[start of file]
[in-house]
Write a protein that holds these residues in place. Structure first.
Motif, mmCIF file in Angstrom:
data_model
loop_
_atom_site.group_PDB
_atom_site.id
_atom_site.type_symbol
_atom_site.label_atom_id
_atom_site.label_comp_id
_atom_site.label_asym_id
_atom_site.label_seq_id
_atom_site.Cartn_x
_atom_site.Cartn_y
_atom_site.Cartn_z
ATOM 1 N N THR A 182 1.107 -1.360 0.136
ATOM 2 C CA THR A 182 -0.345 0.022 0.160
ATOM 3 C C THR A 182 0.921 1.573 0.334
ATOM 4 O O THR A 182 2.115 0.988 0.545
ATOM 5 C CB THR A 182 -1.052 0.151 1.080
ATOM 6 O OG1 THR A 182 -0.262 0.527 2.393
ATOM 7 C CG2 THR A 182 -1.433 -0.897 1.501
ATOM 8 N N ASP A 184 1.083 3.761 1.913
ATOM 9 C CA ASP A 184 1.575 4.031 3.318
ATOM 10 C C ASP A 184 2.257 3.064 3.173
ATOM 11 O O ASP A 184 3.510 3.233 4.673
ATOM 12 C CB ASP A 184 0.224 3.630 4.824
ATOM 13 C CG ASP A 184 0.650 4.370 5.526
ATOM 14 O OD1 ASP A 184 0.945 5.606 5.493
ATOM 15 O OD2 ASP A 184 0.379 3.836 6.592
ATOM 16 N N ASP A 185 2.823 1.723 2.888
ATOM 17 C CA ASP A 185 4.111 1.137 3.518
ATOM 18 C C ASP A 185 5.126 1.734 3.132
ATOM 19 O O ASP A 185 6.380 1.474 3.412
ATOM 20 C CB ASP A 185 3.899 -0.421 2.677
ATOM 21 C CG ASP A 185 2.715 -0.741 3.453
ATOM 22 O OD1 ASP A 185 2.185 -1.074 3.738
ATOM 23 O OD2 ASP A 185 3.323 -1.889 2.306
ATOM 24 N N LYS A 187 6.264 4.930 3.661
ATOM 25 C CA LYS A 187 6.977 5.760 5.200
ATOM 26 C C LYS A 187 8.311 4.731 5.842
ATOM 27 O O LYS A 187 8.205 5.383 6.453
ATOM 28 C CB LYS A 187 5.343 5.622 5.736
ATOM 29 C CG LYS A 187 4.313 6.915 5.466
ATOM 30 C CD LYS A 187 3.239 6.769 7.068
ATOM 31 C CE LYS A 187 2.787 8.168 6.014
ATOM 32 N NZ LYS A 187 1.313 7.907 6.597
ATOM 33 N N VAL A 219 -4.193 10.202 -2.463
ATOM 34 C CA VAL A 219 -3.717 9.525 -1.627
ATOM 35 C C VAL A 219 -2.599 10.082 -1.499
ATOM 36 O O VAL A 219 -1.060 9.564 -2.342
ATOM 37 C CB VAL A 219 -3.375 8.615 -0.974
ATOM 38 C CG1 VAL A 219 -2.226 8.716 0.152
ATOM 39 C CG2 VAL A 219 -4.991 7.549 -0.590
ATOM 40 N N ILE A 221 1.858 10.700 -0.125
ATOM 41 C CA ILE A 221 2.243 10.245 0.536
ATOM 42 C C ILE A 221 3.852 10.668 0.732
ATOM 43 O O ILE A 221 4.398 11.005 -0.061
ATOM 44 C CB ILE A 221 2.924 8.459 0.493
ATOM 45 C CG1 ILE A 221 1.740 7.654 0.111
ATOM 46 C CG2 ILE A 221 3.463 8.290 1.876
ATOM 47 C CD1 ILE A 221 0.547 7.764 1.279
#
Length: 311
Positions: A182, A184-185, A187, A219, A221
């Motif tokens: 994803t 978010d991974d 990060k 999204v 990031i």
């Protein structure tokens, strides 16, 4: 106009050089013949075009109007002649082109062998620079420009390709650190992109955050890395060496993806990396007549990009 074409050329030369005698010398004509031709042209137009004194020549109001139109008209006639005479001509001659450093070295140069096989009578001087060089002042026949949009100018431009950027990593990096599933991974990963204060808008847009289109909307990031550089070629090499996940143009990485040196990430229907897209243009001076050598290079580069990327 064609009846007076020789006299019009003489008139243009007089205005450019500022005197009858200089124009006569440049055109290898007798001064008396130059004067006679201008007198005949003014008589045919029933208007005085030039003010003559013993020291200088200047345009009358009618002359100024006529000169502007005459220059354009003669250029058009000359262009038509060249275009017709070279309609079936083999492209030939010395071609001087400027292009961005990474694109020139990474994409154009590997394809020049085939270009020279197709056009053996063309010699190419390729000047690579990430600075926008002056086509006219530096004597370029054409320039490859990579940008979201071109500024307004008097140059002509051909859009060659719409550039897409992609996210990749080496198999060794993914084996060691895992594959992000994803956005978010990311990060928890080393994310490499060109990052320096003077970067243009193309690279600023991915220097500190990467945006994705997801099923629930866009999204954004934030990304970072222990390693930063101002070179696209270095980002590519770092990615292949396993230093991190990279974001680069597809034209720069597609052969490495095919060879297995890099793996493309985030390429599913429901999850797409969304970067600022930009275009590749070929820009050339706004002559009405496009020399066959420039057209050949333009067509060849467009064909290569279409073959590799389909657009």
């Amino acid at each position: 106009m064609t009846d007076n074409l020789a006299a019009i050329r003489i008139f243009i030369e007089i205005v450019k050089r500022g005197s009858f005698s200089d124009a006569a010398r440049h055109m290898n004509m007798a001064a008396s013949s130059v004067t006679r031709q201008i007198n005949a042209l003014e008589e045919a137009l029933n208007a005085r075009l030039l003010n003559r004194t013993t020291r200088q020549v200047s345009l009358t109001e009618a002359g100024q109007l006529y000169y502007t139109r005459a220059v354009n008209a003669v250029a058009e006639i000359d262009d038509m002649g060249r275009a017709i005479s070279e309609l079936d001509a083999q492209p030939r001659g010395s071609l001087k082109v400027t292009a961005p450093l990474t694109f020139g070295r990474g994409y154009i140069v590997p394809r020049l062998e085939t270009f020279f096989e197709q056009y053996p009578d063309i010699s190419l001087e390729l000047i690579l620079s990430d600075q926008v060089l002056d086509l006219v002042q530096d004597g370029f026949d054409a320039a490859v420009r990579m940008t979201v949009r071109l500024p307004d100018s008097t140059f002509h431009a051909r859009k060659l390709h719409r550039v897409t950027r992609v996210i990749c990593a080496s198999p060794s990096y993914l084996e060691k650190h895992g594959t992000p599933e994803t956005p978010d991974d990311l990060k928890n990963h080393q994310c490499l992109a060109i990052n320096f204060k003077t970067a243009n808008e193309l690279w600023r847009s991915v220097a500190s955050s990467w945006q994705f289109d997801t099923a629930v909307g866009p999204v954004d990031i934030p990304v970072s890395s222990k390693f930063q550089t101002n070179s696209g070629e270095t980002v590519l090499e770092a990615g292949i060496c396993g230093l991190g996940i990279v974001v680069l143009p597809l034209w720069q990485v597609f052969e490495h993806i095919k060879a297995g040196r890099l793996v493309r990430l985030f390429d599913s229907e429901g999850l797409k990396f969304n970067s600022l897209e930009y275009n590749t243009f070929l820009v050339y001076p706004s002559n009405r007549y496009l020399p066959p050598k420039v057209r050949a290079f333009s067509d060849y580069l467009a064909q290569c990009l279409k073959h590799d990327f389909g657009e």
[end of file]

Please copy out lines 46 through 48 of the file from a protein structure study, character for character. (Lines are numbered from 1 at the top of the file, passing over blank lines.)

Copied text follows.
ATOM 31 C CE LYS A 187 2.787 8.168 6.014
ATOM 32 N NZ LYS A 187 1.313 7.907 6.597
ATOM 33 N N VAL A 219 -4.193 10.202 -2.463